HOUSTON, TX – The RectorSeal Corporation, a Houston-based manufacturer of specialty products and tools for the HVAC industry, has expanded its line of patented  Safe-T-Switch® condensate overflow control switches with two new models, SS103E and 500EP. These electronic switches are reliable, easy to install and are code compliant.

As with all Safe-T-Switches®, the new models are designed for use in new or retrofit applications to protect home and commercial building owners from costly damage due to condensate overflow. The new electronic condensate overflow switch contains a low power consuming, state-of-the-art microelectronics. The A/C units will stop when the probes detect water. They offer A/C specialists an easy way to insure customer satisfaction and reduce potential liability.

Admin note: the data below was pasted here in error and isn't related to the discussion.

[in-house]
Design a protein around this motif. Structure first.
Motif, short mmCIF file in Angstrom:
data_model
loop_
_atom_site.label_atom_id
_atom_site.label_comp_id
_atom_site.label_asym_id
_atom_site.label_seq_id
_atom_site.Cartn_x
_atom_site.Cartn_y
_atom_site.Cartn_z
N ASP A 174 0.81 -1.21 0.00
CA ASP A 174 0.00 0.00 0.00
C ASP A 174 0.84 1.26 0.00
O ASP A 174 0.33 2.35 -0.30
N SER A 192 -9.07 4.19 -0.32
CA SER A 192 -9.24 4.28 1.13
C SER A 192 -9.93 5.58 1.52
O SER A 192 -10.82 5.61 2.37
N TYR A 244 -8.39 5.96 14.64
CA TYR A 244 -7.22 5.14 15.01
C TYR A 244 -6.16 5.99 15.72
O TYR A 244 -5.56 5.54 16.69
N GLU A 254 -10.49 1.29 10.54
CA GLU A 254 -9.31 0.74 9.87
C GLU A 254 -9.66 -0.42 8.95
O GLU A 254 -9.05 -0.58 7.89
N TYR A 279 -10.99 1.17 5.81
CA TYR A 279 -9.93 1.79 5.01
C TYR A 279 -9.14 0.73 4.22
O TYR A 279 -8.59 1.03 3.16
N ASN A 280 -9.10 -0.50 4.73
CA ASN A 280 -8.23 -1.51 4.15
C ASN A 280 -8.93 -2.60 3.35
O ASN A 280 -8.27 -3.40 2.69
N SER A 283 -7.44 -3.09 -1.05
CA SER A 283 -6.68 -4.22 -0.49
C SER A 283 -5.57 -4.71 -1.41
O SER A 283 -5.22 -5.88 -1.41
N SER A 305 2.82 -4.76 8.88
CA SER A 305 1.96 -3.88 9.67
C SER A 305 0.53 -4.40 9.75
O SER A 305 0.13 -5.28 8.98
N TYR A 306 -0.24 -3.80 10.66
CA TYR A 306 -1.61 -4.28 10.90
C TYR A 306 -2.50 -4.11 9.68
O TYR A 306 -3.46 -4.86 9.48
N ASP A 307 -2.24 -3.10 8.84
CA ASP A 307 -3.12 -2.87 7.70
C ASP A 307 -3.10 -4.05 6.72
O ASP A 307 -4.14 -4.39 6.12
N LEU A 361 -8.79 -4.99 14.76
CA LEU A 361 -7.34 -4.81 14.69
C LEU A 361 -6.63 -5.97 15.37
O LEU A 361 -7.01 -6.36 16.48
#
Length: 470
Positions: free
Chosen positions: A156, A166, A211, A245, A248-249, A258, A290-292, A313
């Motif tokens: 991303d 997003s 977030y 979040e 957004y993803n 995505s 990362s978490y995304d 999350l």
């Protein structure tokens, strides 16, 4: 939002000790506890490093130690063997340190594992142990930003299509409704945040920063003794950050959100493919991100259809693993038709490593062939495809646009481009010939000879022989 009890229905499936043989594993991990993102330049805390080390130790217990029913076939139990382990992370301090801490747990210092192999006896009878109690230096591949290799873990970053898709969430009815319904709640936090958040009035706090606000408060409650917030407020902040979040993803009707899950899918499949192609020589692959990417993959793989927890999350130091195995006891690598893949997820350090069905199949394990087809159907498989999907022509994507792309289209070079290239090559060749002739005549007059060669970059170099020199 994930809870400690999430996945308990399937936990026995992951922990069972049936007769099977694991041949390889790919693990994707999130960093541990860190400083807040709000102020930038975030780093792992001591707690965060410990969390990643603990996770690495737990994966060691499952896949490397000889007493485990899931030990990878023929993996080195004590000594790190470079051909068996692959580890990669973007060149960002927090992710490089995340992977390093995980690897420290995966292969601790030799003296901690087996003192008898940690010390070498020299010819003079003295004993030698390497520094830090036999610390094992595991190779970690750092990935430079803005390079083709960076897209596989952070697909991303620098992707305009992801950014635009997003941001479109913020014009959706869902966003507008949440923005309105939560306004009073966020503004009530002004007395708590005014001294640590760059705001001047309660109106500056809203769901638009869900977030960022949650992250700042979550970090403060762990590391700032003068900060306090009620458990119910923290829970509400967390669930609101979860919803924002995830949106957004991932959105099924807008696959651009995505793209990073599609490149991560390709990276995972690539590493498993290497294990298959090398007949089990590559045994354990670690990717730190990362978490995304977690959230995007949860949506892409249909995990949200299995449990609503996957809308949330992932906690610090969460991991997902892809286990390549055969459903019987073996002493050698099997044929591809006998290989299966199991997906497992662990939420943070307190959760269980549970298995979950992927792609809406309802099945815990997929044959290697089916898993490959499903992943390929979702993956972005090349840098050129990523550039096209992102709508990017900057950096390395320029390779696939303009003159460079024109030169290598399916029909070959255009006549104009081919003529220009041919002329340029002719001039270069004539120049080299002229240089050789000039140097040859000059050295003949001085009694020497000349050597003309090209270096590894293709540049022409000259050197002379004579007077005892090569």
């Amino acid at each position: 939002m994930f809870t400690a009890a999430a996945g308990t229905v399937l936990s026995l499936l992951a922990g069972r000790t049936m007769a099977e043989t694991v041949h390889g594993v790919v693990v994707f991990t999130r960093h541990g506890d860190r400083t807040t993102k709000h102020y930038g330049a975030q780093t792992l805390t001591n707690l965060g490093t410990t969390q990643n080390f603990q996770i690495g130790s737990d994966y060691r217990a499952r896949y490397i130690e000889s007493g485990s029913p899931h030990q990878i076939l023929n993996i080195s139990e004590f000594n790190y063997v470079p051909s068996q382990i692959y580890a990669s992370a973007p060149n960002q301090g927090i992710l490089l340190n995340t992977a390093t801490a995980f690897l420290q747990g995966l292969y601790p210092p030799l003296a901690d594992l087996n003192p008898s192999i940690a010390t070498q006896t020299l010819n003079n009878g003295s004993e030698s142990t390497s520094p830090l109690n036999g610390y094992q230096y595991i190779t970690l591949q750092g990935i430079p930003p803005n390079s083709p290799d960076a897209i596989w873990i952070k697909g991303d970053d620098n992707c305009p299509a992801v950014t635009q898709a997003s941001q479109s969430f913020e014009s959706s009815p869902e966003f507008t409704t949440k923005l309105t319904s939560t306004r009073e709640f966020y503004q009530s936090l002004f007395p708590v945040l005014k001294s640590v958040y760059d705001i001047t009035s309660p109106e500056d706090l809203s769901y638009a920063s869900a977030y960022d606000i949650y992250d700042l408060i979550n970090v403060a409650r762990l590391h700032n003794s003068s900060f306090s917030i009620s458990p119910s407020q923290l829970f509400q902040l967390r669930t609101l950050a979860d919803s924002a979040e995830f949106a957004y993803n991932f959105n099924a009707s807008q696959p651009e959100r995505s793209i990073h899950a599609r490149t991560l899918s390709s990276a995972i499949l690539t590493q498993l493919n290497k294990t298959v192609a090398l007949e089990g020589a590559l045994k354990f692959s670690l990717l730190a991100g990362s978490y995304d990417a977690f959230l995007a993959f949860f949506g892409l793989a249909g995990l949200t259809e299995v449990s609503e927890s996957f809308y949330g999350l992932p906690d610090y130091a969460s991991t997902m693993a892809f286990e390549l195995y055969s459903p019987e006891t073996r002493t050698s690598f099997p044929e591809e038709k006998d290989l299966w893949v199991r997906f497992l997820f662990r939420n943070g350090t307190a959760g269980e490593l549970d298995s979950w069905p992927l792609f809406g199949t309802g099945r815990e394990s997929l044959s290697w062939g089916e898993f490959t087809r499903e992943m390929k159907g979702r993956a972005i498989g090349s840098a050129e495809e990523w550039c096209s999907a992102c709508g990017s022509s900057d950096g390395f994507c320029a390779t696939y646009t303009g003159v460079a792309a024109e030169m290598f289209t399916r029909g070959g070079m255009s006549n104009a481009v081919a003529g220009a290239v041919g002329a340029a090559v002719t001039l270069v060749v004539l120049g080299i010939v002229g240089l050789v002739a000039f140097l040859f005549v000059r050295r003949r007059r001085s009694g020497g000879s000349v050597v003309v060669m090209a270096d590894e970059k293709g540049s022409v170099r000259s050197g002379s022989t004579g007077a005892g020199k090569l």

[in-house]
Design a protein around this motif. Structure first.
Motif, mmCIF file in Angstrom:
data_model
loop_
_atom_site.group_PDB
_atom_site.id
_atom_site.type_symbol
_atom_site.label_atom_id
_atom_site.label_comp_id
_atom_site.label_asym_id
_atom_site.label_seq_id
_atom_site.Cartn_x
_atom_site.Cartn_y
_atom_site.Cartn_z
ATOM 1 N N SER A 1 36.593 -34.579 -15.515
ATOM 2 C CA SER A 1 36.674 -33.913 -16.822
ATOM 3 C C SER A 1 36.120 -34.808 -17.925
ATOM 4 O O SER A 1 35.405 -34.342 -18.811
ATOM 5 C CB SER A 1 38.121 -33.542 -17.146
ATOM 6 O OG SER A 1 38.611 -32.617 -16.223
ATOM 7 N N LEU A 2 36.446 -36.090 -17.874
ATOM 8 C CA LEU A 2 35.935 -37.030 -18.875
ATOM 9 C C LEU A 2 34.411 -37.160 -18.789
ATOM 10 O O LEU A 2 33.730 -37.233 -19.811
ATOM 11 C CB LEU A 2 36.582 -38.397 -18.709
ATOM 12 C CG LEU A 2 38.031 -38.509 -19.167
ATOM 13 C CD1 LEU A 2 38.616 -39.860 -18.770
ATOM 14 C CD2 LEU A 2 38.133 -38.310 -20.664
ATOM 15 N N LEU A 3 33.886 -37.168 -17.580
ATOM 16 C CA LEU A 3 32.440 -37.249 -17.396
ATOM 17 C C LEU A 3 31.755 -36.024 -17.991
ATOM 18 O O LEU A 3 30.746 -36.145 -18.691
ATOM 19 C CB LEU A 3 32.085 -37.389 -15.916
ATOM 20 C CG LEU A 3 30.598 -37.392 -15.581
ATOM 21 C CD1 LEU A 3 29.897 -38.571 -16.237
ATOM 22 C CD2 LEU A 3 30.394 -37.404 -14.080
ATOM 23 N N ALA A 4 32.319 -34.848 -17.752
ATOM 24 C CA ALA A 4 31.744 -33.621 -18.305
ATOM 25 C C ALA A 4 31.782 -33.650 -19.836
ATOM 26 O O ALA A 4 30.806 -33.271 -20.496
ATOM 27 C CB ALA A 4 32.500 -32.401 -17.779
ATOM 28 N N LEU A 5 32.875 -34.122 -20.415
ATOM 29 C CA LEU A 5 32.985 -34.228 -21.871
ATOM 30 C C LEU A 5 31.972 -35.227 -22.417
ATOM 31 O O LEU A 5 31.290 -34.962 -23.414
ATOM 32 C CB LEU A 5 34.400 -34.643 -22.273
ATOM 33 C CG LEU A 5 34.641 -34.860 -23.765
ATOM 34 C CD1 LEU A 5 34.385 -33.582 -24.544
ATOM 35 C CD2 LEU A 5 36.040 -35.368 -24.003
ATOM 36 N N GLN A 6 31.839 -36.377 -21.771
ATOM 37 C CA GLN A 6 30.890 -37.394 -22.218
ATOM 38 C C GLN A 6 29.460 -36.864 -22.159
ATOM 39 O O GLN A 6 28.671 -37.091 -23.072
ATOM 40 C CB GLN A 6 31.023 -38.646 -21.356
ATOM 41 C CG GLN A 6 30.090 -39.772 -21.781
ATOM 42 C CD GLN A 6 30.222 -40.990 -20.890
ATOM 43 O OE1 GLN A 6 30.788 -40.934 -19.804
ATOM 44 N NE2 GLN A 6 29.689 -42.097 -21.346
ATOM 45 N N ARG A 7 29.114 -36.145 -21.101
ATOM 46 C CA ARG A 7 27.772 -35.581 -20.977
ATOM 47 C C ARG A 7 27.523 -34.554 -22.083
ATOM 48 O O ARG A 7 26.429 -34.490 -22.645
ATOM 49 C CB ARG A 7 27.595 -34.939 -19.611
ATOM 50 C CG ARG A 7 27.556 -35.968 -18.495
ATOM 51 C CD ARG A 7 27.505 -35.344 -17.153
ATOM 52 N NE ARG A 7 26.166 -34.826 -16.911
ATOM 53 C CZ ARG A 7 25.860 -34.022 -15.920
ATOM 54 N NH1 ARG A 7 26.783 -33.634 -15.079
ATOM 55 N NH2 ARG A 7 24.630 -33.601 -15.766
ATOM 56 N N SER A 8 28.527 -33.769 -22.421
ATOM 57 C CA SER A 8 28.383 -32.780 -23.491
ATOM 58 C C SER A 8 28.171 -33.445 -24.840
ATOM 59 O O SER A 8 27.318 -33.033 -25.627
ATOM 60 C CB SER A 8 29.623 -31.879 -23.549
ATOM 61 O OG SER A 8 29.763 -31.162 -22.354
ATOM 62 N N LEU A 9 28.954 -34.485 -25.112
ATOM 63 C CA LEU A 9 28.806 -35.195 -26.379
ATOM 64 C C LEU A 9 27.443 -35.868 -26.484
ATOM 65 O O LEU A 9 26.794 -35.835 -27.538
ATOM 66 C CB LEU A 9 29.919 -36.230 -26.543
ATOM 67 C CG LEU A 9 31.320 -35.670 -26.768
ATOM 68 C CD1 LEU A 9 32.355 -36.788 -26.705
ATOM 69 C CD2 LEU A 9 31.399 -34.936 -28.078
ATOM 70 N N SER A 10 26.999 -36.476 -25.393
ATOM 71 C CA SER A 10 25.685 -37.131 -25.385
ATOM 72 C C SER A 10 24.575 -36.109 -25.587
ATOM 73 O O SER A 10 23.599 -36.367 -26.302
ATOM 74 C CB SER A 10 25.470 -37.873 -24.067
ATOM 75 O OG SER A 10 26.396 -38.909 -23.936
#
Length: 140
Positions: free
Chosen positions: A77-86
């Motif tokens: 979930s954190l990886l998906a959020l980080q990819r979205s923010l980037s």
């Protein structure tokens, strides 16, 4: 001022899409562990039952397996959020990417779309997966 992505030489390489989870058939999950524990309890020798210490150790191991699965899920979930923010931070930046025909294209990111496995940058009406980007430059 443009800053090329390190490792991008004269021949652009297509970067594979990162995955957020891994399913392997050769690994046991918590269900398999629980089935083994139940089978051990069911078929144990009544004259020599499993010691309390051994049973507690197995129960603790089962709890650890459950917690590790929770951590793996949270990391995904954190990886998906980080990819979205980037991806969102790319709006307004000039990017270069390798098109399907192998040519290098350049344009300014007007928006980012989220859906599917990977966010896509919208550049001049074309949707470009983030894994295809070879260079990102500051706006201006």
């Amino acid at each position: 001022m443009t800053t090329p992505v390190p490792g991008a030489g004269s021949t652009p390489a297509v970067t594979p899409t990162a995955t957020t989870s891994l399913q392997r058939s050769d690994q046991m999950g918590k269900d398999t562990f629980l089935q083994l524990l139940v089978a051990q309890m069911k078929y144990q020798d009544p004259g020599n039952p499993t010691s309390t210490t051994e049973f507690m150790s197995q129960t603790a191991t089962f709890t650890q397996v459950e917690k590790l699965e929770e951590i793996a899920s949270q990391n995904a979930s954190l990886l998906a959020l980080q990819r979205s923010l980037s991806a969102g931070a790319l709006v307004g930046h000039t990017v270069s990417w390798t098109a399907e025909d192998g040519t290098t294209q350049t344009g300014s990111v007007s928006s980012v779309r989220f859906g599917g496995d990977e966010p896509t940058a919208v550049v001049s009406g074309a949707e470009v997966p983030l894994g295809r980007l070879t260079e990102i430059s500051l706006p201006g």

The new SS103E switch can be installed horizontally or vertically, inline or on the primary pans auxiliary drain outlet and the secondary overflow pan. The dual sensor control provides added protection with the simplicity of installing a single device. The logic circuit continuously samples the probes for water. Onboard LED’s indicate the condition of the unit at a glance indicating an overflow condition currently or in the past 4 days. The SS103E is listed to UL 508.

The SS500EP is a plenum rated switch for installation on primary or secondary drain pans. The small, easy to use bracket fits perfectly in commercial roof top units. The simple 2-wire design is a state-of-the-art microelectronics that uses less energy. As with the SS103E, the onboard LED indicator removes the guess work on the condition of the unit. This switch is listed to UL 508 and UL 2043.